What you need to know:
- You bought her gadgets and other ‘toys’ to keep her busy. It therefore indicates that you replaced your closeness with these things.
Q: I have a daughter who is turning 15. She has become so distant lately. Sometimes she is very rude. We provide everything for her. She has a phone, a laptop and other stuff just to keep her busy and happy, but she is very resentful even with extended family. It is becoming very difficult to understand her. I was forced to take away her phone to see if she will change and come to her senses but that is not changing her behavior. I often ask her if I have done anything wrong to her. I remind her of all that I have given her just for her happiness. All I want is to have a relationship with her again. I love her so much.
A: Thank you for your question. Here is what is happening: you created the distance between you and your daughter and it will require some hard work to recover your closeness. You bought her gadgets and other ‘toys’ to keep her busy. It therefore indicates that you replaced your closeness with that stuff, so she did not have a choice other than to concentrate and become part of the world that you introduced her to after your emotional departure.
That said, it is very crucial that you look for ways to get closer to her without necessarily being harsh. I would counsel against taking your daughter’s phone away. I know it is not a popular view but I think you are just getting too authoritative, which will only push her further from you. You might not get closer to her by just confiscating stuff.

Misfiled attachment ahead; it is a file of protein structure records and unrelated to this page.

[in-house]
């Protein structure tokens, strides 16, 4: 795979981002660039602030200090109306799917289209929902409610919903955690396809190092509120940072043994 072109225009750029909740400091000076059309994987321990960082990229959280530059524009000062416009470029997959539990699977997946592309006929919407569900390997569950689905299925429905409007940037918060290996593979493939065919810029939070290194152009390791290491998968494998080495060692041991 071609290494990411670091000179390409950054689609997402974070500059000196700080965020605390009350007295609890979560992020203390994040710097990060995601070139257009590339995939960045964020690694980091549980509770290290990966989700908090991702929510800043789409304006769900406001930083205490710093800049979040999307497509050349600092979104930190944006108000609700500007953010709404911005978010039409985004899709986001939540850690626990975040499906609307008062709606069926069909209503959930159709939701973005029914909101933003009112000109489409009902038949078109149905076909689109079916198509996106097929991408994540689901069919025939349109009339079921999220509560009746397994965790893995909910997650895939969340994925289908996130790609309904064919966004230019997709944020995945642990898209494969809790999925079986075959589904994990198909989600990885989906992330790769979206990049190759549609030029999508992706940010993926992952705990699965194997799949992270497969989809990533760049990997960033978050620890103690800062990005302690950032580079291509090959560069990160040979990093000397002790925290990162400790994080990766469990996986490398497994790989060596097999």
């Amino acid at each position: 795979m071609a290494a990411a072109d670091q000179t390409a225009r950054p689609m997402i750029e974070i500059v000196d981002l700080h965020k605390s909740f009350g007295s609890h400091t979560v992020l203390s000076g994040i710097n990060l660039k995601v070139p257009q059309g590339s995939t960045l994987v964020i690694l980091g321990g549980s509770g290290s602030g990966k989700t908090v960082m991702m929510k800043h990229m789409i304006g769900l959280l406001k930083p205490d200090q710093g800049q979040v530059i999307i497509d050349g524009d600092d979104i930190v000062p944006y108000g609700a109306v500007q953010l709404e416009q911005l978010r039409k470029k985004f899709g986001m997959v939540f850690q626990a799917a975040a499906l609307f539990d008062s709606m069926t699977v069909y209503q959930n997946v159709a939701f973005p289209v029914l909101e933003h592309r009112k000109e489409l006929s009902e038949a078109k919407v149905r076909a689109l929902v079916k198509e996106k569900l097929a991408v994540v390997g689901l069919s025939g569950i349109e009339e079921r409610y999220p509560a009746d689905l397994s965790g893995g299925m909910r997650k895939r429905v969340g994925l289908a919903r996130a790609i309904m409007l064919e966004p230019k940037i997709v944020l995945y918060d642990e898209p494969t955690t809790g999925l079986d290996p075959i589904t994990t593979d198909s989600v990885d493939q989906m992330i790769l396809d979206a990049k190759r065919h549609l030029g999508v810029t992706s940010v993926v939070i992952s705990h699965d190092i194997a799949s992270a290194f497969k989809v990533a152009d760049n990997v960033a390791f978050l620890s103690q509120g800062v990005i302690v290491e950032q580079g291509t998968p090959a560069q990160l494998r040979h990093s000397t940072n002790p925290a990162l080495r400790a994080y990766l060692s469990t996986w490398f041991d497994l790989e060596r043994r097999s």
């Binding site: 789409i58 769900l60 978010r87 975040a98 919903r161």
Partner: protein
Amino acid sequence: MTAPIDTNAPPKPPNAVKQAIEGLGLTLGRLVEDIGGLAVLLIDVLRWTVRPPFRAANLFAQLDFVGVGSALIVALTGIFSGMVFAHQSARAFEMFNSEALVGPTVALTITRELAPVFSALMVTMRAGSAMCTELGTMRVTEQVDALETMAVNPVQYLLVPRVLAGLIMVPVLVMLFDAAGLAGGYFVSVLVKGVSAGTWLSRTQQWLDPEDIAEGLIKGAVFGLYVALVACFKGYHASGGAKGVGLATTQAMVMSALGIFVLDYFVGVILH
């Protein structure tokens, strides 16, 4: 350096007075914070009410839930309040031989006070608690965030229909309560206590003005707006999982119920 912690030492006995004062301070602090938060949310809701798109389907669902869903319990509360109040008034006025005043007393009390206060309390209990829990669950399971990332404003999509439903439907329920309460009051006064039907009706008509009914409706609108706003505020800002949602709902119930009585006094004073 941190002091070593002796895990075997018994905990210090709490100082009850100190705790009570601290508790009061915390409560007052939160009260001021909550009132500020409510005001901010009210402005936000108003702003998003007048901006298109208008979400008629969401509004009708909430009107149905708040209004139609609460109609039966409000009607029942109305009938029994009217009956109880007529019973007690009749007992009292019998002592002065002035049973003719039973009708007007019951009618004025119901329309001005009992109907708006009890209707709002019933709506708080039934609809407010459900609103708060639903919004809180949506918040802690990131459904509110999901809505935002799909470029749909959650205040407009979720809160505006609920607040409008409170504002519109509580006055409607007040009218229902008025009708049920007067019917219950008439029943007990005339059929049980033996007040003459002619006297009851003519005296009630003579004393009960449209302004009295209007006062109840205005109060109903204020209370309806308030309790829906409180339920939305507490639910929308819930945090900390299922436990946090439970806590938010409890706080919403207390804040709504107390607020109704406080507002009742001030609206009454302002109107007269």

While you are looking for ways to bring her close, keep in mind that pleading with her to be nice, or lecturing her on how you have done nothing to deserve her mistreatment, will only come across as needy and weak, fueling her contempt. The clearer and stronger you are — without being wordy or whiny — the sooner she will get the message that she needs to clean up her act. For instance, when she speaks rudely to you, do not get over-emotional: simply give her 'that look' and ask her if she would like to try a do-over.
At this point, resist the urge to count the things you do for her that she does not appreciate. Simply state that she will need to try speaking to you more politely. If she rolls her eyes or walks away, do not go after her: let her begin to get the sense that your standards have shifted. The more you define yourself as her parent and show her what is and is not acceptable, the sooner things between you and your daughter will improve. Best of luck!